You know the type of anxiety attack I’m talking about. We’ve all been there. The shortness of breath, the tightness in the chest, the world closing in, the dread in the pit of your stomach (that’s always the worst for me), the hotness on the back of your neck, or breaking out into uncontrollable sweat. Suddenly you’re having an emotional and physical reaction to what’s going on in your finances. Maybe it was getting a late notice, seeing your bank account balance or perhaps it was just something someone said that triggered it. Whatever it was, you’re now feeling incredibly uncomfortable and you don’t know what to do next.

Following these steps will get you back into a place of peace.

1. Take a deep breath
I can’t even tell you how important it is to first breathe, breathe deeply. Taking a moment to breathe takes you out of the fight or flight response. It stops that mental hijacking, giving you the capacity to think clearly.

2. ID the messages
Our anxiety isn’t just an emotional or physical reaction. There is a trigger and there are messages surrounding that trigger. Sometimes the message is accurate, but more often than not the message is not reality or it’s a shred of reality surrounded in fear. For example, “I don’t have enough,” or “I’m not enough.”

3. Remove the shame
Often times within that message is an element of shame. Shame clouds the message and taints the outlook. In fact, shame is what will keep you from taking any action and instead will continue to berate you for not doing better. So first Remove the shame. Do a reality check. So perhaps you missed a payment. Whoops. That’s not cause for self-crucifixion. Talk to yourself as kindly as you would a good friend, use compassion.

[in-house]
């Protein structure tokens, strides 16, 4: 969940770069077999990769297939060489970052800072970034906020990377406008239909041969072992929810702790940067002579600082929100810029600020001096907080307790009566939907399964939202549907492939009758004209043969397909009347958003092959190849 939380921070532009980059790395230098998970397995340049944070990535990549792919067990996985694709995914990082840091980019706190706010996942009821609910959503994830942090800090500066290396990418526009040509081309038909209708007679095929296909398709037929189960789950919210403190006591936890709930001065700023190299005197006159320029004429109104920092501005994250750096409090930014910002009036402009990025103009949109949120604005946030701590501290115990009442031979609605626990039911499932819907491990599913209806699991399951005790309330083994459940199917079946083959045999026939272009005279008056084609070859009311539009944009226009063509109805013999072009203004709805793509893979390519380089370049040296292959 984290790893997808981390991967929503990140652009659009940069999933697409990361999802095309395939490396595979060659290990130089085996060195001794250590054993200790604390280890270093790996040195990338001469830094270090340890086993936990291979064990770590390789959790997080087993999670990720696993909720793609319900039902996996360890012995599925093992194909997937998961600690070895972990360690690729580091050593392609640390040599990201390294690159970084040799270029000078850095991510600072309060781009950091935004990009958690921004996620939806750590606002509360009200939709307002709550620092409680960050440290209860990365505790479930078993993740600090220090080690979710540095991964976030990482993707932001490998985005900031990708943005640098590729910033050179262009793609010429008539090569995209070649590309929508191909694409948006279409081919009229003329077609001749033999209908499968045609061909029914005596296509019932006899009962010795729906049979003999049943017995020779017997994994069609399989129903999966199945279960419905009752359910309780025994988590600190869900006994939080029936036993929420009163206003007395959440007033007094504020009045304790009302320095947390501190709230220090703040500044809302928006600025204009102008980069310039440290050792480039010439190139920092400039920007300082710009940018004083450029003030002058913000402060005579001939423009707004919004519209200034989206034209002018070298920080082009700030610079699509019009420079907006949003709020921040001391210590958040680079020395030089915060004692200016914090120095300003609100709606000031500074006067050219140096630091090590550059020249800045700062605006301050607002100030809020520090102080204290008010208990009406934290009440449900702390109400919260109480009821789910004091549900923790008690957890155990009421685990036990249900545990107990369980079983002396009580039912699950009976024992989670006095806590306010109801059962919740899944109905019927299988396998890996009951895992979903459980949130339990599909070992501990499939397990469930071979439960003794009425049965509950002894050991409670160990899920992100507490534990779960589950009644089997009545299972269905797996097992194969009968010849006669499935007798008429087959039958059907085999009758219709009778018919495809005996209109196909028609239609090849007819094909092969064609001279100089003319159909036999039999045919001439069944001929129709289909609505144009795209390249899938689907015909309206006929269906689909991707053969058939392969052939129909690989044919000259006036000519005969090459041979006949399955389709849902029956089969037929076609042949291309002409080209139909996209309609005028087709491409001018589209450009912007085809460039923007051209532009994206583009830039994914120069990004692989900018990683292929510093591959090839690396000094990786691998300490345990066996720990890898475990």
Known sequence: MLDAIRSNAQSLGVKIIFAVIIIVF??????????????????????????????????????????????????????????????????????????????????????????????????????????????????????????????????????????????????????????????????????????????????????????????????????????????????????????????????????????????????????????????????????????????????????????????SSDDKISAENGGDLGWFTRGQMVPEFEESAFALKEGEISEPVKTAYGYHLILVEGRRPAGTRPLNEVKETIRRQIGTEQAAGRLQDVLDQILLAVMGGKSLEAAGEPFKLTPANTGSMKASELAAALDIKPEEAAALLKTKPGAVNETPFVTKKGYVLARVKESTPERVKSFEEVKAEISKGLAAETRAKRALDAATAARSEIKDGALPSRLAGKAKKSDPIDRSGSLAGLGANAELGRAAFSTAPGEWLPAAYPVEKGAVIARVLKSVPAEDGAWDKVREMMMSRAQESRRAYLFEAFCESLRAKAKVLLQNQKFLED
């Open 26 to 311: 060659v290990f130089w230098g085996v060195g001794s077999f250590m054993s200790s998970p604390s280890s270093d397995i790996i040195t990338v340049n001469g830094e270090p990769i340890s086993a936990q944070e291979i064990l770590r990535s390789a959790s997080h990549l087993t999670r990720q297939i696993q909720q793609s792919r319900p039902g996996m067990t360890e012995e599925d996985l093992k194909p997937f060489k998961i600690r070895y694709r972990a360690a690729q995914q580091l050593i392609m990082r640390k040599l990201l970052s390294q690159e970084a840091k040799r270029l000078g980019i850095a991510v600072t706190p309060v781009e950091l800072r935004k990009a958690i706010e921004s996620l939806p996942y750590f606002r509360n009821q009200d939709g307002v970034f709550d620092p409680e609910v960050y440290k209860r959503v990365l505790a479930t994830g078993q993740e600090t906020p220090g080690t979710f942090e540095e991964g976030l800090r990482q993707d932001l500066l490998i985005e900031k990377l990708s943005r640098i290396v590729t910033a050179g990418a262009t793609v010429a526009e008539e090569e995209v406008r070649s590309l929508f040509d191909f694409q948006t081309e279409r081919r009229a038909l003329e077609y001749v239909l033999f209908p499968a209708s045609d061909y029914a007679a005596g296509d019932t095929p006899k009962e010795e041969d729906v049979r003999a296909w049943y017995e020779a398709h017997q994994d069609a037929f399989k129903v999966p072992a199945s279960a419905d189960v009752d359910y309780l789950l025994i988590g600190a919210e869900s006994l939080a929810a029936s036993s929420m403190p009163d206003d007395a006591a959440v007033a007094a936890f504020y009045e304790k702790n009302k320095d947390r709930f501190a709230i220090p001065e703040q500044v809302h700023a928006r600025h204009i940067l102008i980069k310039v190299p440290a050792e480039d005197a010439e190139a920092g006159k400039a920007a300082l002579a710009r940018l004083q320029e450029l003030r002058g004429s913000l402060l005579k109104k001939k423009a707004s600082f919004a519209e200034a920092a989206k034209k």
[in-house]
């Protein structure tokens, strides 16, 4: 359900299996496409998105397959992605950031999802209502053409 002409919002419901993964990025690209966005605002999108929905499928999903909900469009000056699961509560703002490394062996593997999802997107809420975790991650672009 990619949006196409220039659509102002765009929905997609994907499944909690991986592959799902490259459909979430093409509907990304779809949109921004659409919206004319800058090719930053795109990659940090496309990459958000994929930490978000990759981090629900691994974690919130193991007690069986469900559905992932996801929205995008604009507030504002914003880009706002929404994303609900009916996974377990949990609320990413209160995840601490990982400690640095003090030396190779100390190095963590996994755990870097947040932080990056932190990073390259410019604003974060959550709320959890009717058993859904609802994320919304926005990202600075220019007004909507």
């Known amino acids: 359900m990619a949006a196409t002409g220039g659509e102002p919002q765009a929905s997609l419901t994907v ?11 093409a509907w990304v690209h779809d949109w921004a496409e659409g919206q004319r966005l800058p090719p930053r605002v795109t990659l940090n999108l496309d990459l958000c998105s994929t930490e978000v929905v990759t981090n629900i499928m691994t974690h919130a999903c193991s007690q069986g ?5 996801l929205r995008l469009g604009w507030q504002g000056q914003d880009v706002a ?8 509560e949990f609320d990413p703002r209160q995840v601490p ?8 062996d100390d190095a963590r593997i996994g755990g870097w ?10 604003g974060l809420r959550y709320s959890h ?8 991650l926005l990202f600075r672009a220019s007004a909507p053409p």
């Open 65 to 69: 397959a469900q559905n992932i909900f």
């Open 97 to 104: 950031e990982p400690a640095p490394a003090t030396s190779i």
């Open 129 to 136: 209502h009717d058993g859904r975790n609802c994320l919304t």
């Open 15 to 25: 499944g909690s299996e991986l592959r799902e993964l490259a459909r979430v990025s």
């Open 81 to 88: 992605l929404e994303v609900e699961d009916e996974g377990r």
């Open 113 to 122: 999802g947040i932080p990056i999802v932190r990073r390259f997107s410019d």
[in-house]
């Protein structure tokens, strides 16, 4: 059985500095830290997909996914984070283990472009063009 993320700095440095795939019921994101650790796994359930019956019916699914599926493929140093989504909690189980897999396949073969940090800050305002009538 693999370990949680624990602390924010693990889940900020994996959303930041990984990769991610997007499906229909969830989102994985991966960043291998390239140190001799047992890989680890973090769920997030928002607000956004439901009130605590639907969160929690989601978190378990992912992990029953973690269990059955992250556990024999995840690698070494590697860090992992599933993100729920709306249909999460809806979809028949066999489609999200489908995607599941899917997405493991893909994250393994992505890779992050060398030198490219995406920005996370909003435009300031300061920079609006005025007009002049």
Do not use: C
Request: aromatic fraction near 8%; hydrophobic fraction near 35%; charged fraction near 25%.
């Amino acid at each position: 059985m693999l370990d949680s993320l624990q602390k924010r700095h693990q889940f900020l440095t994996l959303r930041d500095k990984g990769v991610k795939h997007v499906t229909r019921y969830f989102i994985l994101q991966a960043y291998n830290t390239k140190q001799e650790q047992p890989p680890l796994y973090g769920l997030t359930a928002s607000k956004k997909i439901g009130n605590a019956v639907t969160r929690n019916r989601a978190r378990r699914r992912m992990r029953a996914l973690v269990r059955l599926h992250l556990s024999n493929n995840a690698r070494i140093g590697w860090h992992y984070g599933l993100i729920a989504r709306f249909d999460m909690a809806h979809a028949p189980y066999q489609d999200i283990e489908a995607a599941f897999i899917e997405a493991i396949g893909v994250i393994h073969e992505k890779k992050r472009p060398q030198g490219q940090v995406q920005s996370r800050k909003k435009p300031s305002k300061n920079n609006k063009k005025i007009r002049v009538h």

4. Take another look
After you’ve identified the message and stripped away the shame, look at your situation. What’s really going on? You missed a payment; is this a one-time thing? Or is it becoming a pattern? What else is going on? Zoom out the lens a little bit to look at the bigger picture.

5. Focus on what needs to be addressed
Ask yourself, what can you do to change the situation? Look at all the factors. What’s working? What isn’t? Maybe you just need to make a small adjustment, or maybe your circumstances have changed significantly and you need a new plan altogether.

6.  Create a plan
Depending on what needs to change, laying out a plan may be fairly simple. Other times, it may be a little more comprehensive and might include a little trial and error. There’s nothing wrong with experimenting a little to see what works. What’s important is that you come with ideas, strategies, and actionable steps you can take to make the changes needed.

7. Enlist some help
Change is hard to make happen on your own. While your intentions may be great, having someone to check in with you and keep you on track could be necessary. That can keep you from reverting back to the old habits and allow you to create change that lasts. Additionally, your situation may benefit from having expert help – someone giving you insight and tools that you don’t currently have.

8. Follow through
Taking one small step can do a lot in reducing your anxiety. Be able to tell yourself that yes, you are aware something isn’t working, recognize what it is, and create a plan. Taking action on that plan, even in a small way, moves you out of fear and anxiety into empowerment.

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